No surprises here – too little sleep causes headaches as well as grumpiness! Having a consistent sleep routine is vital for keeping migraines at bay. Wake up and go to bed at the same time every day, even on weekends. It may sound obvious but be careful with your consumption of caffeine, nicotine and alcohol and don’t over-indulge in exercise or food before bedtime – this could have a negative impact on your sleep and possibly lead to headaches.
If you sit, lie or slope about and don’t exercise you will get headaches. An aching head does not inspire us to get active but getting outside in the fresh air can help loosen tight muscles which cause migraines. Make it a priority to move – be that going for a morning run, walking part of your commute to work or pushing back your chair to do desk-er-cises during the day. Exercising will not only transform your life, but considerably reduce your migraines too.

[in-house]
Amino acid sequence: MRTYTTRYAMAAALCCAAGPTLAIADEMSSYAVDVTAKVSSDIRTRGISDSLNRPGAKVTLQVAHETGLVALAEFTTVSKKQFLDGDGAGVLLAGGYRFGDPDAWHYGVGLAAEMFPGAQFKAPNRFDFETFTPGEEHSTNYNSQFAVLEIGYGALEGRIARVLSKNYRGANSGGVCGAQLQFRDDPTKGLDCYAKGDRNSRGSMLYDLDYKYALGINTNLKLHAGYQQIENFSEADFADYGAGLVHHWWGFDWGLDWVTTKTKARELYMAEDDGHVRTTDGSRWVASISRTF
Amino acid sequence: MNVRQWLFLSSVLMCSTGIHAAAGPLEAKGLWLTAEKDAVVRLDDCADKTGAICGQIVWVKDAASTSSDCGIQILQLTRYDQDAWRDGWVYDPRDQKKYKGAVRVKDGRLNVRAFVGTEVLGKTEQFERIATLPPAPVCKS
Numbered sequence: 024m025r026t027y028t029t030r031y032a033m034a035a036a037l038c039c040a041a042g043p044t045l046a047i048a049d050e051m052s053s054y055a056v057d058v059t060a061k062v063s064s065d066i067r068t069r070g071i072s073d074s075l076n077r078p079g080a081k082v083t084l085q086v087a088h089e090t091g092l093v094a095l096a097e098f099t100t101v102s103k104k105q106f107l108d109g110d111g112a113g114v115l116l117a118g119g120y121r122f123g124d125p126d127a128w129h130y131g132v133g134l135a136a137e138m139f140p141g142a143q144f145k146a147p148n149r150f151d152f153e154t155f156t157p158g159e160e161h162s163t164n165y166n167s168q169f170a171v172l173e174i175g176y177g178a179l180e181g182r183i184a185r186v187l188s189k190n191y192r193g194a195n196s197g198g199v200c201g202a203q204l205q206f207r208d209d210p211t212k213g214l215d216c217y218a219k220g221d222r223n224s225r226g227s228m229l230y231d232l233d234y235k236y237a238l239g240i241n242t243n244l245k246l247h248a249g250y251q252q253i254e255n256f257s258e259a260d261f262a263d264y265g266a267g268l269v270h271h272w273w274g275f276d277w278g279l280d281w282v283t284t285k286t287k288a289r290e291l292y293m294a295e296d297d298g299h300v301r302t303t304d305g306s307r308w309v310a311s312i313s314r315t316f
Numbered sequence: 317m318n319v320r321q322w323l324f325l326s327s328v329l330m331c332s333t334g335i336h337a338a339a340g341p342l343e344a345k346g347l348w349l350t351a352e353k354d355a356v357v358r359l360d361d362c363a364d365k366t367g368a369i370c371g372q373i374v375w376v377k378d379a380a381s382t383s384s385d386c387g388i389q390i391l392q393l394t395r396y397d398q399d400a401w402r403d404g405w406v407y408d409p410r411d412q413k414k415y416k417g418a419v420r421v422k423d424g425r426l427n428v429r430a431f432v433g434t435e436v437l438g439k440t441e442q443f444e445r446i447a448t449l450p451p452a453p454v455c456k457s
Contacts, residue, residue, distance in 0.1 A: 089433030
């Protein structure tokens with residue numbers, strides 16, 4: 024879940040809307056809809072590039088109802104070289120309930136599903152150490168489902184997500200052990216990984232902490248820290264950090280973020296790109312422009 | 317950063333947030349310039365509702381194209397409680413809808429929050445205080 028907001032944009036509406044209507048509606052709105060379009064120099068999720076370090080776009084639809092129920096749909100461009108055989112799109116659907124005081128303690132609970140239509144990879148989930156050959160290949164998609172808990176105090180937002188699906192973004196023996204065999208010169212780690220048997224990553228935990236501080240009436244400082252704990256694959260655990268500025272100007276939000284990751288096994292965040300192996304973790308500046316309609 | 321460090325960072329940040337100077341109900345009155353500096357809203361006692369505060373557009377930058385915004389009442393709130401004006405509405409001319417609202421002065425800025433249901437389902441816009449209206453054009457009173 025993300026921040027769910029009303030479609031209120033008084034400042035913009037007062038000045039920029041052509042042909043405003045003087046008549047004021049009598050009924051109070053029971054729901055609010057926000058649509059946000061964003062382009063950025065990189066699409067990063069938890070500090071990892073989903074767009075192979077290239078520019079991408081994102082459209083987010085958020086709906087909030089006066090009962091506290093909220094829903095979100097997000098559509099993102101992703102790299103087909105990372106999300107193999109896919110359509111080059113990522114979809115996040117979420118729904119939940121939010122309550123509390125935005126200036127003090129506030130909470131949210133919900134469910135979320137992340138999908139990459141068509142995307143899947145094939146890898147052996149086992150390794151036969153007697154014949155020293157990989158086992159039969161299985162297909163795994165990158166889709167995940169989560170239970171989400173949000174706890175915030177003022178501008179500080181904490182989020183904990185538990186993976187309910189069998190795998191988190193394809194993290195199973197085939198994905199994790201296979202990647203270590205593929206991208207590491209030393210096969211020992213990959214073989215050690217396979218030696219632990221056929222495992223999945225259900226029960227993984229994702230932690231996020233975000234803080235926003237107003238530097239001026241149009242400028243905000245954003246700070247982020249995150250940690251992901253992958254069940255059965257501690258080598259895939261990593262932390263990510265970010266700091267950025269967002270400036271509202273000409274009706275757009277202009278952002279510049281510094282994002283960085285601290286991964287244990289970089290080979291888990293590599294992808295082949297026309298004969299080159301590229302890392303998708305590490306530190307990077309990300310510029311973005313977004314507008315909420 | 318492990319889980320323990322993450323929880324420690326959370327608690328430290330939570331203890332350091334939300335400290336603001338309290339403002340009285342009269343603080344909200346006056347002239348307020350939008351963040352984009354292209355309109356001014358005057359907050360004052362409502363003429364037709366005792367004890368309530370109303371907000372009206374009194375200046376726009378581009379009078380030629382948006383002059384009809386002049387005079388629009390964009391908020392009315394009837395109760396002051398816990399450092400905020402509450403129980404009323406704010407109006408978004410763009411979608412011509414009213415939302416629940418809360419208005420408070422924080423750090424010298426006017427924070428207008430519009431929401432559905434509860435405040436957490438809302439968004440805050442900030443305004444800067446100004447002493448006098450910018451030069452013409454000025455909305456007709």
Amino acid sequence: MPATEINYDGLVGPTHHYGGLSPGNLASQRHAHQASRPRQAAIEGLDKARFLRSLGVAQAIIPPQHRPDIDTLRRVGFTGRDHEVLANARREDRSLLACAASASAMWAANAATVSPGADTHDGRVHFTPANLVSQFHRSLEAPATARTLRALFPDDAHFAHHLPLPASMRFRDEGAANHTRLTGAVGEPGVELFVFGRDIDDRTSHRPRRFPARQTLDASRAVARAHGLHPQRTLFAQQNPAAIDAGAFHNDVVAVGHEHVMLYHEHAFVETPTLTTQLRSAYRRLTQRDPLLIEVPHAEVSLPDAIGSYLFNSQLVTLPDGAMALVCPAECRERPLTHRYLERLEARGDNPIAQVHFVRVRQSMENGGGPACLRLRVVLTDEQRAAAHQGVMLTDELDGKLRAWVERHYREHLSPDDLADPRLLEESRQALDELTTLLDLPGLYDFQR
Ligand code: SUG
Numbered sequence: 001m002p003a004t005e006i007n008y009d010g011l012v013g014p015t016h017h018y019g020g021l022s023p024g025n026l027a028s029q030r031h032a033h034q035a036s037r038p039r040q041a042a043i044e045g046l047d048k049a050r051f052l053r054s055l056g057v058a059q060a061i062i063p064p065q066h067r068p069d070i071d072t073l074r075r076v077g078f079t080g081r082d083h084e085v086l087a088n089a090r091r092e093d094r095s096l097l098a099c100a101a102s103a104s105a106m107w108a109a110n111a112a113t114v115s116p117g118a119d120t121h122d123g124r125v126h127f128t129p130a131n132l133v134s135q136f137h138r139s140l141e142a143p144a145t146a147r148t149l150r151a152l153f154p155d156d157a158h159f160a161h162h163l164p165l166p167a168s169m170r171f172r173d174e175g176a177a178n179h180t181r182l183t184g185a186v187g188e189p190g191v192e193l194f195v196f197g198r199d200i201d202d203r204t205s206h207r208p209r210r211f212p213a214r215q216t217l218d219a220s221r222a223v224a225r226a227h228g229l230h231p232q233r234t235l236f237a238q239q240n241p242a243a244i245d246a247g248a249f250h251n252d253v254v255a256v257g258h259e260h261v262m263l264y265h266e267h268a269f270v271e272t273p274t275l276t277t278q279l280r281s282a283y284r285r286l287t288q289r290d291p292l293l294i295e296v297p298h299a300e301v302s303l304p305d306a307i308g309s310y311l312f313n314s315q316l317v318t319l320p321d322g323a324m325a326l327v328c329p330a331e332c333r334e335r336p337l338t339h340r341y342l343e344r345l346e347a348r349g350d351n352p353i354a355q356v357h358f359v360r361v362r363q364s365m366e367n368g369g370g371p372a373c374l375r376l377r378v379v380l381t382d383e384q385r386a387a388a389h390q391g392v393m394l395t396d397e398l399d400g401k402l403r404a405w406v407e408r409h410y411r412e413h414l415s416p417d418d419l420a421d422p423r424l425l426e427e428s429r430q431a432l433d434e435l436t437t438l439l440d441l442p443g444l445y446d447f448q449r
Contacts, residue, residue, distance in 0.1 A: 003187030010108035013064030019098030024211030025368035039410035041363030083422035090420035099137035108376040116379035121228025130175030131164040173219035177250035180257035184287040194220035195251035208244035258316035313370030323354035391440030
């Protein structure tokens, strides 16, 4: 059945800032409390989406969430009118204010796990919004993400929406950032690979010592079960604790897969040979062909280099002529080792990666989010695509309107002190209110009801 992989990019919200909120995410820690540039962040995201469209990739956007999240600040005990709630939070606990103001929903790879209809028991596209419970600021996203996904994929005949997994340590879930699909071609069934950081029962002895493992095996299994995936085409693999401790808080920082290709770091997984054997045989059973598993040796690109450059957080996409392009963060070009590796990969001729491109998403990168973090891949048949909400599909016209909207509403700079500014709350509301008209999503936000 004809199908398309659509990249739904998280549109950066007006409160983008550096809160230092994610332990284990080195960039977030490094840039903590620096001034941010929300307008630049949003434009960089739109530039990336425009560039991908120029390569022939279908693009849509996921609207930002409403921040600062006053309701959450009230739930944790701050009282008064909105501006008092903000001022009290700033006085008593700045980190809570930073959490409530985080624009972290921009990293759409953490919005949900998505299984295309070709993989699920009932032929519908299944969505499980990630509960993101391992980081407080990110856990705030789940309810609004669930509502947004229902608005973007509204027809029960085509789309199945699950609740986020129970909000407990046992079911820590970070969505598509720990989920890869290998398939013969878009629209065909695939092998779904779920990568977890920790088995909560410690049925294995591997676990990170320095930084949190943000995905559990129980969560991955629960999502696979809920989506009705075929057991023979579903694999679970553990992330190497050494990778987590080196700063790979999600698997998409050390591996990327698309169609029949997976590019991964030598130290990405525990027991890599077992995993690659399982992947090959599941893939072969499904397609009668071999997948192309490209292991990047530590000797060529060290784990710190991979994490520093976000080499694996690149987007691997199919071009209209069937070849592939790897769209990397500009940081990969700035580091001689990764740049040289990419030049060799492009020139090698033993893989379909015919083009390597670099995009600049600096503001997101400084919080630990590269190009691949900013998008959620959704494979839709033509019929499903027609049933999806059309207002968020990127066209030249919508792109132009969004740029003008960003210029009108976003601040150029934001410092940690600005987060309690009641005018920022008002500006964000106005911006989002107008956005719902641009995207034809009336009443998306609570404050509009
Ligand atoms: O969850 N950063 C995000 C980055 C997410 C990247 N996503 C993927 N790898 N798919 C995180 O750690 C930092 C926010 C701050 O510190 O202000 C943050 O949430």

Correct your posture
Bad posture gives you headaches so make a point of sitting up right, squaring your shoulders and straightening out whenever possible. Find a way to remind yourself to ‘straighten out’, such as setting an alarm or making a mental note to sit up straight whenever you drink coffee.
Eat regularly and check your diet
No matter how busy you are, don’t skip breakfast or lunch. Fluctuations in blood sugar can sometimes cause migraines so always have breakfast and aim to eat at regular intervals. Sugar and processed carbohydrates cause huge fluctuations in blood sugar so be careful of them.